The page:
And here comes "Lucy" which deserves rather more room than I have left. This new film from French director Luc Besson (who has directed very little of late) is a fine bit of entertainment and something of a roller-coaster ride. Starring the delectable Scarlett Johansson, the movie has a similar premise to Bradley Cooper's "Limitless" (2011); it poses the question, what would happen if we humans used more than 10% of our potential intelligence. Cooper rose to the 20% level with amazing consequences, but Johansson's heroine gradually moves up to 100%. She begins the movie as a feckless bimbo living in Taiwan. Her slime-ball boyfriend Pilou Asbaek (yes, him out of "Borgen"), involves her in a major drug heist master-minded by Min-sik Choi ("Oldboy"), and she finds herself with a bag of some weird chemicals sewn into her tummy. One of her jailors, before she and three other mules are to be dispatched to various European cities, fancies a bit of 'how's your father' and kicks her in the stomach when he is rejected. This breaks the bag and disperses its contents into her system with unforeseen results as her intelligence and cunning grow by leaps and bounds.

She makes her way to Europe to recover the full drug haul with hordes of the Chinese Mafia on her tail, their guns blazing indiscriminately, and Lucy is no slouch herself when it comes to disposing of the enemy. Into the mix comes intelligence guru Morgan Freeman who has lectured on our poor use of our potential, but he adds little to the procedings as Johansson's Lucy is more or less the whole show. It's hard to think of another young actress who could have thrown herself so completely into the role as she becomes aware of her mortality and strives to preserve the knowledge that she has unwittingly acquired. Perhaps the film could have been rewritten for an older lead actress like Streep or Mirren, but it would have been a very different animal.

Of course the whole concept is a load of tosh, but it is beautifully handled by Besson. The cinematography of animal life and the special effects are masterfully presented, and he takes pains to remind us that the original ape linking the animal world to humankind was also called Lucy. Johansson moves from a pretty nobody to the embodiment of unimaginable intellect and pure spirit.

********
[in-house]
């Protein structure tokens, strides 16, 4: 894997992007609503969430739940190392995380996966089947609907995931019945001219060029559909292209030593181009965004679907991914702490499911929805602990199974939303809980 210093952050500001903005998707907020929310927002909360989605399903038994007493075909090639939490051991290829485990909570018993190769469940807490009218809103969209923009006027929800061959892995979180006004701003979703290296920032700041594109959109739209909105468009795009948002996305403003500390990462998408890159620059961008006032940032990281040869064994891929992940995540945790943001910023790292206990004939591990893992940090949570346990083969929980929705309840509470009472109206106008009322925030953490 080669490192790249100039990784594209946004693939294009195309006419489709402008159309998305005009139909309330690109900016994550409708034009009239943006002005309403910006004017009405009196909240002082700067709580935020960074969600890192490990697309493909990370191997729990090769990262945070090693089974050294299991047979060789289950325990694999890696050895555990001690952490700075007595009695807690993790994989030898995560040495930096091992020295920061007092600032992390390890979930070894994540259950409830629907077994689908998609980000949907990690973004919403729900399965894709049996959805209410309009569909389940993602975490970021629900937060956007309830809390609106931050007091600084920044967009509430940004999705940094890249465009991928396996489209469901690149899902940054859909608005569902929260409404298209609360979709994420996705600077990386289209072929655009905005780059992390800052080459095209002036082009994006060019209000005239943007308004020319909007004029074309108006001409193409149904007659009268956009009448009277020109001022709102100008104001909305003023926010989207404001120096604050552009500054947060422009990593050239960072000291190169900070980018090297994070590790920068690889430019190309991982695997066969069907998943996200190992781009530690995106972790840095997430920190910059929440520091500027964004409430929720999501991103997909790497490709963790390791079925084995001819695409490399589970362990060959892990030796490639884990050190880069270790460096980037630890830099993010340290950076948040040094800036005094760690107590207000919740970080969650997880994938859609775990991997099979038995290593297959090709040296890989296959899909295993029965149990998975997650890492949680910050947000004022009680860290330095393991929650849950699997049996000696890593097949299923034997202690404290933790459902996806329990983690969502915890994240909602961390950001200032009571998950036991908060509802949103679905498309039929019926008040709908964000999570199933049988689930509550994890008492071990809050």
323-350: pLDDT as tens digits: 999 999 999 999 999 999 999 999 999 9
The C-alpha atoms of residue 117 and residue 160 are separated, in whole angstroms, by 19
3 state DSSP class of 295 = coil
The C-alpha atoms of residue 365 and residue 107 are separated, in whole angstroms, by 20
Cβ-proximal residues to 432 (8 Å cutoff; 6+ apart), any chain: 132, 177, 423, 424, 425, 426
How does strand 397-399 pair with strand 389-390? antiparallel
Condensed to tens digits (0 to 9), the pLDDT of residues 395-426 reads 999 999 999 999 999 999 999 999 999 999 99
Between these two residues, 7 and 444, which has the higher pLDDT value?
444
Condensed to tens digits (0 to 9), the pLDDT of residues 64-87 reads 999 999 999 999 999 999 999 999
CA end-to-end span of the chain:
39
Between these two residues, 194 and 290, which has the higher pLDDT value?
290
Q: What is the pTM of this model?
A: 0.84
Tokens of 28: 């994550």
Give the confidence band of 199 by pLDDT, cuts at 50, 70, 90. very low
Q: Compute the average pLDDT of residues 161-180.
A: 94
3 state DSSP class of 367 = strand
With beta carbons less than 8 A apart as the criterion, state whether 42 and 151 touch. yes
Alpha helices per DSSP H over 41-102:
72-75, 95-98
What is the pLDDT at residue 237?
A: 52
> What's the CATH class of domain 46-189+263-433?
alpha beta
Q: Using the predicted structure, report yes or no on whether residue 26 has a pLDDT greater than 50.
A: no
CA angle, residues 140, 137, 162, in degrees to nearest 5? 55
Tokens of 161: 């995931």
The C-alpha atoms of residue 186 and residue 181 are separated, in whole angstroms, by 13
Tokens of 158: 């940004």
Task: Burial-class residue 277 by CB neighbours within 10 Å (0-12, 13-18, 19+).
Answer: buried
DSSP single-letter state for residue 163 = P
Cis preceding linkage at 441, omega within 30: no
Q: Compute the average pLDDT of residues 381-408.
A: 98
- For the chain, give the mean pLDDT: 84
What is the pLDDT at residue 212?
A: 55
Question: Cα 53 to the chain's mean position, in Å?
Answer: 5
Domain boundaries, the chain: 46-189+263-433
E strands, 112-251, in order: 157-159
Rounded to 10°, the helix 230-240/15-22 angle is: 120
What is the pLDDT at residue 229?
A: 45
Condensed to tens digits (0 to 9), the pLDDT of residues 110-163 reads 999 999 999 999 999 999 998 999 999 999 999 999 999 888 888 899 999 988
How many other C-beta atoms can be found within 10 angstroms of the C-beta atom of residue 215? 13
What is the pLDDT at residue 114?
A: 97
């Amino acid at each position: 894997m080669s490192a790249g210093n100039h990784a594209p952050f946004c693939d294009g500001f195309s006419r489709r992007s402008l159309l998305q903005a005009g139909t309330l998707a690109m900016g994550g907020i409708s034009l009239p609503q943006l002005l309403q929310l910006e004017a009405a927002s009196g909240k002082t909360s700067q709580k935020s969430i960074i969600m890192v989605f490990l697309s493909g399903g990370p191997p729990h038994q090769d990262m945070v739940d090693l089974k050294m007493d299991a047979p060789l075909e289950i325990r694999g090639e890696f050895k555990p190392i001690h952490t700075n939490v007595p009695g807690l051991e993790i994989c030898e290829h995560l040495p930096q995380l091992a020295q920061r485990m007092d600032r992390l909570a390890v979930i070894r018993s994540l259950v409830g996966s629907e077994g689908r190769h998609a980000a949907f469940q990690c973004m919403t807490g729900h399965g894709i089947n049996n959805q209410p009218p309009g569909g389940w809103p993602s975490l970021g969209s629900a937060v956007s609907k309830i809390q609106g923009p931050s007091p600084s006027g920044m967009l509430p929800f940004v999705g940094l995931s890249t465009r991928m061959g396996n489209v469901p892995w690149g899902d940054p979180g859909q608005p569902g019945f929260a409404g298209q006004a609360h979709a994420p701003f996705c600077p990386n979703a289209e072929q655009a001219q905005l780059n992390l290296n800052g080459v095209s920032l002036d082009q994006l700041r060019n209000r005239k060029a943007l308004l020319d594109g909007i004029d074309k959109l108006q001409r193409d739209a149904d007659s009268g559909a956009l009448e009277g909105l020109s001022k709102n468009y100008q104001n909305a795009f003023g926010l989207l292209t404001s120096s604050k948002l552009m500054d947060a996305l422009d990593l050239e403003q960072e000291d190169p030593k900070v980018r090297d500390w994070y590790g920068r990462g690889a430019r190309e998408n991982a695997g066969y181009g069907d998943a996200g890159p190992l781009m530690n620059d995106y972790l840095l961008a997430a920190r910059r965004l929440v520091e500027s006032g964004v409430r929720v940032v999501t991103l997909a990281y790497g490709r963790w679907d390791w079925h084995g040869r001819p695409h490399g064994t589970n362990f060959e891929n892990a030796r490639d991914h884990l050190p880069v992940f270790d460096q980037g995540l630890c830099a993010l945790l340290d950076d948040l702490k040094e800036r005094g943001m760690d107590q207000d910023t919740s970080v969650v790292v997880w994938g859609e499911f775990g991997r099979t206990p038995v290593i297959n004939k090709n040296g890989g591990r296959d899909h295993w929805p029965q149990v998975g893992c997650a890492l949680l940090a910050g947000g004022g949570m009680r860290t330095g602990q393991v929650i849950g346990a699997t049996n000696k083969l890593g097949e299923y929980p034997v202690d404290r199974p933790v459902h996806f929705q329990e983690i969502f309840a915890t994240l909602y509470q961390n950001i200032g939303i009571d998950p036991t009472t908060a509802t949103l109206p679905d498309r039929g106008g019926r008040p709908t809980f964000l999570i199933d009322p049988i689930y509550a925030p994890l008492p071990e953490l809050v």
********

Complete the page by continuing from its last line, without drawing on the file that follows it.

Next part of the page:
Next time for the remaining six FrightFest films....

Friday, 29 August 2014

An Embarrassment of Riches...

Here I am back after my respite and I don't know where to start, with a number of films fighting to be selected for my beady-eyed scrutiny. As I wrote three weeks back, the next film on the agenda was "Guardians of the Galaxy" which was a jolly enough romp, but not really my sort of thing. It's a refreshing left-field offering among the plethora of super-hero flicks, but it will probably seem less fresh when we are offered the inevitable sequel in a year's time or so. I must say, however, that Vin Diesel makes a great tree!

Then there were the eleven -- yes eleven -- FrightFest films that we selected last weekend. This does indeed represent a conscious weaning on our part, since we would have felt obliged to watch most of the twenty-six films featured in the main programme (or alternates on the Discovery Screen) had we bought the weekend pass -- and frankly eleven were nearly too many. By and large I liked most of them, although there were a couple of iffy ones, but what struck me most of all was how unfrightening the majority were -- there was more in the way of fantasy than frights. There was very little in the way of gore (and we all know how much pppatty likes her gore). 

For tradition's sake I will write a bit about each of them over the coming weeks -- but not today. Instead, I want to touch briefly on a terrestrial TV premiere which I watched the day after FrightFest and which I thought was not only better made but also more scary and gripping in part than any of the Fest's offerings. The film is "Red Lights" (2012) and while comments on IMDb verge on the 'big swizz' end of the spectrum, I thought it was pretty super. Sigourney Weaver plays a respected ghost debunker, showing up false mediums and psychics over a 30-year career; her protégé is Cillian Murphy who in turn is mentoring Elizabeth Olsen. They have a fine old time exposing the frauds who are making money off the gullible, but Weaver is wary of having another go at Robert DeNiro's Simon Silver, who is making a comeback from retirement after another sceptic unexpectedly died while investigating him. Weaver doesn't want to know as Silver was able to rattle her in the past, but Murphy is crazy keen to have a go. Then Weaver drops dead! She was so good in the role that the heart could have fallen out of the film, but the intense Murphy manages to keep us watching. And I for one was totally unprepared for the big reveal....

The last of the day's reviews will be "Sin City 2 - A Dame to Kill For" which was actually included in the FrightFest programme, but which we didn't watch there since we knew it was about to be released broadly. So back to the cinema we went! Somewhere in my old reviews I wrote about the first film back in 2005 (and I am too lazy to search out the url) but my recollection is that I really, really liked it. And guess what, I liked the sequel as well. Now to be honest it has been receiving some pretty dismissive reviews and far be it from me to claim that it is a great movie; but it is an absolutely superb visual experience -- and for once even the 3D effects were more than gratuitous. OK maybe the dialogue is pretty poor (what do you expect from a graphic novel adaptation?) and the characters may be pulp stereotypes, but that is all part of its modus vivendi and all part of what makes the film fun viewing.